Top politicians in India-administered Kashmir were put under house arrest. Days after thousands of troops were sent to the disputed region.
Public gatherings were banned and reports state that mobile networks and the Internet were restricted.
Last week, the authorities also asked tourists and Hindu pilgrims to leave the country. They referred to a "terror threat" against an annual pilgrimage to a large shrine.
It is unclear what hides behind the recent measures that have led to tensions.
In the early hours of Monday, two former Prime Ministers of Indian-administered Kashmir, Omar Abdullah and Mehbooba Mufti, were put under arrest.
No explanation has yet been given, but it is speculated that Delhi may be willing to withdraw Kashmir's special privileges, such as a provision preventing people from buying land outside the state.
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Previously, arrested politicians and other leaders in a resolution had warned Delhi of "consequences" if it "changed the special status of Kashmir." [1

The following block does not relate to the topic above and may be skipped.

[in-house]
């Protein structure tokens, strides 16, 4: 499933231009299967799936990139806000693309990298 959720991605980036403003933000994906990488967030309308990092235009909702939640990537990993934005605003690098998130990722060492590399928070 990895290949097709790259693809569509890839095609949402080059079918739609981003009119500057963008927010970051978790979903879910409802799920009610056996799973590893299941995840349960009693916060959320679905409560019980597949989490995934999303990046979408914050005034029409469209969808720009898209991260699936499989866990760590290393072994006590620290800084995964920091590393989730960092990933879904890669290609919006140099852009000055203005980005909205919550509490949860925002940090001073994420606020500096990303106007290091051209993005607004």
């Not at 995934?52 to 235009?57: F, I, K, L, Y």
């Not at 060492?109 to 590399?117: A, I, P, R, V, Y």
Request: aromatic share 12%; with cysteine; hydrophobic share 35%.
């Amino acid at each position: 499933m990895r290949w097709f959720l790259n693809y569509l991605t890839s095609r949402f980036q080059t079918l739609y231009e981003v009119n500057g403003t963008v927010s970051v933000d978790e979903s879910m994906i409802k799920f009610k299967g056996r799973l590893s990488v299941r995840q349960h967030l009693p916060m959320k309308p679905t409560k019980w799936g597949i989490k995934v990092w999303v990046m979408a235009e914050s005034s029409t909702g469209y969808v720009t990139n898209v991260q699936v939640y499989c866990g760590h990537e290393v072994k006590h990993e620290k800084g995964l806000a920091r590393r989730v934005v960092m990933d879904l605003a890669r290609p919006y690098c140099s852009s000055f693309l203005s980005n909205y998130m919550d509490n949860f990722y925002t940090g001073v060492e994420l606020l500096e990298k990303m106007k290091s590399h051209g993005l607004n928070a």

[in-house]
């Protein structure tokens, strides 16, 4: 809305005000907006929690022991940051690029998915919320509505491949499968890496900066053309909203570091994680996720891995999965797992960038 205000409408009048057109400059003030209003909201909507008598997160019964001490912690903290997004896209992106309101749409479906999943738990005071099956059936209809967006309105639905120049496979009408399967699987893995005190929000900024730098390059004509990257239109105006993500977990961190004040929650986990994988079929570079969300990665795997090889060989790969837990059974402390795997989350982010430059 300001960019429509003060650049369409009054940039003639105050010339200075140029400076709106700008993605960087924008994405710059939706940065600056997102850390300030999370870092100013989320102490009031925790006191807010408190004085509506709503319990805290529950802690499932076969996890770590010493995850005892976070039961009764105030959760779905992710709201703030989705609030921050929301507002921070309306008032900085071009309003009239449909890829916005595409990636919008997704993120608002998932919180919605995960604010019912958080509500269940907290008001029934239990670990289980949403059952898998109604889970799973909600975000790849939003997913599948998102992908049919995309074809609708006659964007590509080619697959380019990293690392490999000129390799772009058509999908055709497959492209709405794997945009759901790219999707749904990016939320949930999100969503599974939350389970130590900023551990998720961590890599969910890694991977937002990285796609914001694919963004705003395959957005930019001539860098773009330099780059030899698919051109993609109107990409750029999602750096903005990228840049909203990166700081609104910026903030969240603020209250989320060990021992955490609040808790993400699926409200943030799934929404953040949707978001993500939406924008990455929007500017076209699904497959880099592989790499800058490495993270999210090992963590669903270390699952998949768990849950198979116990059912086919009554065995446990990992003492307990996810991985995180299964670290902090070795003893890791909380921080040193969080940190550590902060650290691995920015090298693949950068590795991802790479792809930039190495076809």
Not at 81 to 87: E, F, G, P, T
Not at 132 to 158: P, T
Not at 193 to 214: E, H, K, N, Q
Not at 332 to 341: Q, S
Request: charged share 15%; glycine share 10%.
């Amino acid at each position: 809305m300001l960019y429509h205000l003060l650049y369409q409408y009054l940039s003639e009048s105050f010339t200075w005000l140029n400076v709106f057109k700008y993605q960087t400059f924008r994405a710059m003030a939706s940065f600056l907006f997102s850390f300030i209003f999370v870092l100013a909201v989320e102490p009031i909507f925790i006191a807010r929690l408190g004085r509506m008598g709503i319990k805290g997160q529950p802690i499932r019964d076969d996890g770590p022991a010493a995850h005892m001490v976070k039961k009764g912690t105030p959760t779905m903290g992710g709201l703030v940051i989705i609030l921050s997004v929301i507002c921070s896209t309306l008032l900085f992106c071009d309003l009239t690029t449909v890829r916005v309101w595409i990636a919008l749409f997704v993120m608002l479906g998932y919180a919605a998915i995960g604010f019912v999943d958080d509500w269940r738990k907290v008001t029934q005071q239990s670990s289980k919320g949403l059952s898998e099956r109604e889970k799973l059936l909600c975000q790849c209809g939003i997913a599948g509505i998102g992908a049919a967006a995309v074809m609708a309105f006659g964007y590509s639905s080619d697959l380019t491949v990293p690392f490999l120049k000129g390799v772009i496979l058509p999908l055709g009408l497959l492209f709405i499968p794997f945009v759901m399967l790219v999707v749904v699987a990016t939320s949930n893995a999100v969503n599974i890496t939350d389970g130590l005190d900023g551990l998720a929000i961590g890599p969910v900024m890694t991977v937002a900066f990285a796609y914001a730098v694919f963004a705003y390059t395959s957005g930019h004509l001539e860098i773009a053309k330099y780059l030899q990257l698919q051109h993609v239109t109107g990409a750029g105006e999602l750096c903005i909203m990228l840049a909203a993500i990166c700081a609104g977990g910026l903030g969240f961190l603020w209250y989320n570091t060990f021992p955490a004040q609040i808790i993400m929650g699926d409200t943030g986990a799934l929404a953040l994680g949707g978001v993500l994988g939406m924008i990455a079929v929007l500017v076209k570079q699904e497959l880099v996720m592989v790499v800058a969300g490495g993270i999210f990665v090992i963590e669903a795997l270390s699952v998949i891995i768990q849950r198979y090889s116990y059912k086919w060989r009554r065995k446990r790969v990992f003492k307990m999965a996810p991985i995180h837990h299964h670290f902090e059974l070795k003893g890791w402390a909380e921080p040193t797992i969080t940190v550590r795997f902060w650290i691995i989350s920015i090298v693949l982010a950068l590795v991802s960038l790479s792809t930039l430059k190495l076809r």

Such a move would cause trouble and escalate tensions with Pakistan. India and Pakistan both claim the entire Muslim majority of Kashmir, but only control parts of it.
In addition to the evacuation order following the terrorist warnings from the authorities, there have been reports of skirmishes over the de facto border in recent days. India accuses Pakistan of supporting militant groups based in Kashmir, which Pakistan denies.
The influx of troops, the terror warnings and the speculation about the status of Kashmir have alarmed the inhabitants of the Indian-ruled region. Many of them stood for hours in front of petrol stations, supermarkets and ATMs.
For the last time comparable restrictions Kashmir was sentenced in 2016 after the murder of a popular rebel leader for months of street protests, which claimed dozens of deaths.